• Political risk. Democrats and Republicans are fighting again about the nation's finances. What's the risk? If they fail to pass a funding bill before the new fiscal year starts Oct. 1, a government "shutdown" is possible. And if they don't raise the debt ceiling in coming weeks, the nation could run out of money to pay its bills and default on its debts.
Both scenarios would likely cause market turmoil and hurt the economy.
"The market," Stovall says, "is worried about Congress ... (causing) drama again."
• Old risks return. "There are definitely reasons for the market to suffer a hangover," says Mark Lamkin, chief market strategist at Lamkin Wealth Management.
For example, confusion over the timing and exit strategy of the Fed's complicated bond-buying program could escalate. Comments from St. Louis Fed President James Bullard on Friday that said the taper could start in October gave investors pause. Interest rates could spike again, as well. And the diplomatic solution to the chemical weapons crisis in Syria might not pan out, putting a U.S. military strike back on the table.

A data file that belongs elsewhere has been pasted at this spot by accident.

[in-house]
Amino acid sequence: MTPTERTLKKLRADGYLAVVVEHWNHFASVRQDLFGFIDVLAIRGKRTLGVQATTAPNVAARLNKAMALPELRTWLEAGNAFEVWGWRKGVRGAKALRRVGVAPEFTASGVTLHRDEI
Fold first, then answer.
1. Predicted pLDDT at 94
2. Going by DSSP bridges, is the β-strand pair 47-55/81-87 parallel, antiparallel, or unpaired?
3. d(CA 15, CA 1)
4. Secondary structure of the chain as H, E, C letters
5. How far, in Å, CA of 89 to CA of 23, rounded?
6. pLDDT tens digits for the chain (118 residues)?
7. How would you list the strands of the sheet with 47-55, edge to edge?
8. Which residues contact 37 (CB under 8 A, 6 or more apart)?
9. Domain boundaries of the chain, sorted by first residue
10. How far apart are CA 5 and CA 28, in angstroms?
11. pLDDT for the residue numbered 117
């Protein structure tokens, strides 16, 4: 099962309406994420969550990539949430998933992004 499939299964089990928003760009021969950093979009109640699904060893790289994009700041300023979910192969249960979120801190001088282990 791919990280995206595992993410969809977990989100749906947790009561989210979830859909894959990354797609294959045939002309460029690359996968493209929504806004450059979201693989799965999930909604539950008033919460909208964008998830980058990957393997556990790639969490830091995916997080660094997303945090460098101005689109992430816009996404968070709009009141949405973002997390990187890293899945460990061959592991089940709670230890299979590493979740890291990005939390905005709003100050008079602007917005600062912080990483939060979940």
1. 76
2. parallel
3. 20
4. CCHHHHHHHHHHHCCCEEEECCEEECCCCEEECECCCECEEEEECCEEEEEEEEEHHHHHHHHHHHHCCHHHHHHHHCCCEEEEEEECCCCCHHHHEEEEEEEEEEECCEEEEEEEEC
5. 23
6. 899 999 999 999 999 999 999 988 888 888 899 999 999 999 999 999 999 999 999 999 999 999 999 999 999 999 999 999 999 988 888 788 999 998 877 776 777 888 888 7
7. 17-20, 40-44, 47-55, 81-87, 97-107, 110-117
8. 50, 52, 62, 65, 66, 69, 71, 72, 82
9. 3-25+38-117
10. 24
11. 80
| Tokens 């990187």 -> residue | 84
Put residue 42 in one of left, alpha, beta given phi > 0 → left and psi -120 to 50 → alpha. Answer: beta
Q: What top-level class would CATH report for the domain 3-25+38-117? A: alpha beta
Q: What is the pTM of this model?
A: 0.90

• Earnings risk. The third-quarter earnings season is just a few weeks away, and investors, Stovall says, are sure to ask, "Do we have enough earnings growth to justify elevated" stock prices and valuations? Profit growth of 3.8 percent is expected for the September-ending quarter, down from 4.9 percent last quarter. And the 10.1 percent growth in profits expected in the final quarter of 2013 might be too rosy, he adds.
But for now, stocks look good as long as the Bernanke-led Fed keeps pumping cheap money into the economy and markets, Lamkin says.
(Read more: Bulls gone wild: Money flows hit a new record)
—By Adam Shell, USA Today.